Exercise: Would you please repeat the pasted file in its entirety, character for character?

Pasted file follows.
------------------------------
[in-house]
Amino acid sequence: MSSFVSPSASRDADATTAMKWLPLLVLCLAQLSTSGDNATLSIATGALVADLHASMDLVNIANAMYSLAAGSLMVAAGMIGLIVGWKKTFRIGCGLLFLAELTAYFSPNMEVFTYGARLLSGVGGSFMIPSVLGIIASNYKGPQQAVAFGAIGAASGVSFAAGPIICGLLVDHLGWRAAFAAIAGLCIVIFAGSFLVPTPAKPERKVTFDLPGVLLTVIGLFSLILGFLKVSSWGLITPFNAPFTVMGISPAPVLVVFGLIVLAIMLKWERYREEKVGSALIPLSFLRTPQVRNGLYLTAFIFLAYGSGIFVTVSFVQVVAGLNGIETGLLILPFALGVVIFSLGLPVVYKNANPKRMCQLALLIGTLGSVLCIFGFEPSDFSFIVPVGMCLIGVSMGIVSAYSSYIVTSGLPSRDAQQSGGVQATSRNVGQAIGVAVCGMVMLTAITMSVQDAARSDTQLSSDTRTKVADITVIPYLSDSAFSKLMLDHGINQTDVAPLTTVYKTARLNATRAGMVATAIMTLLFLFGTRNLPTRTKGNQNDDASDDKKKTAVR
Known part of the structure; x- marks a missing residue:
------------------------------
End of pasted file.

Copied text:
[in-house]
Amino acid sequence: MSSFVSPSASRDADATTAMKWLPLLVLCLAQLSTSGDNATLSIATGALVADLHASMDLVNIANAMYSLAAGSLMVAAGMIGLIVGWKKTFRIGCGLLFLAELTAYFSPNMEVFTYGARLLSGVGGSFMIPSVLGIIASNYKGPQQAVAFGAIGAASGVSFAAGPIICGLLVDHLGWRAAFAAIAGLCIVIFAGSFLVPTPAKPERKVTFDLPGVLLTVIGLFSLILGFLKVSSWGLITPFNAPFTVMGISPAPVLVVFGLIVLAIMLKWERYREEKVGSALIPLSFLRTPQVRNGLYLTAFIFLAYGSGIFVTVSFVQVVAGLNGIETGLLILPFALGVVIFSLGLPVVYKNANPKRMCQLALLIGTLGSVLCIFGFEPSDFSFIVPVGMCLIGVSMGIVSAYSSYIVTSGLPSRDAQQSGGVQATSRNVGQAIGVAVCGMVMLTAITMSVQDAARSDTQLSSDTRTKVADITVIPYLSDSAFSKLMLDHGINQTDVAPLTTVYKTARLNATRAGMVATAIMTLLFLFGTRNLPTRTKGNQNDDASDDKKKTAVR
Known part of the structure; x- marks a missing residue: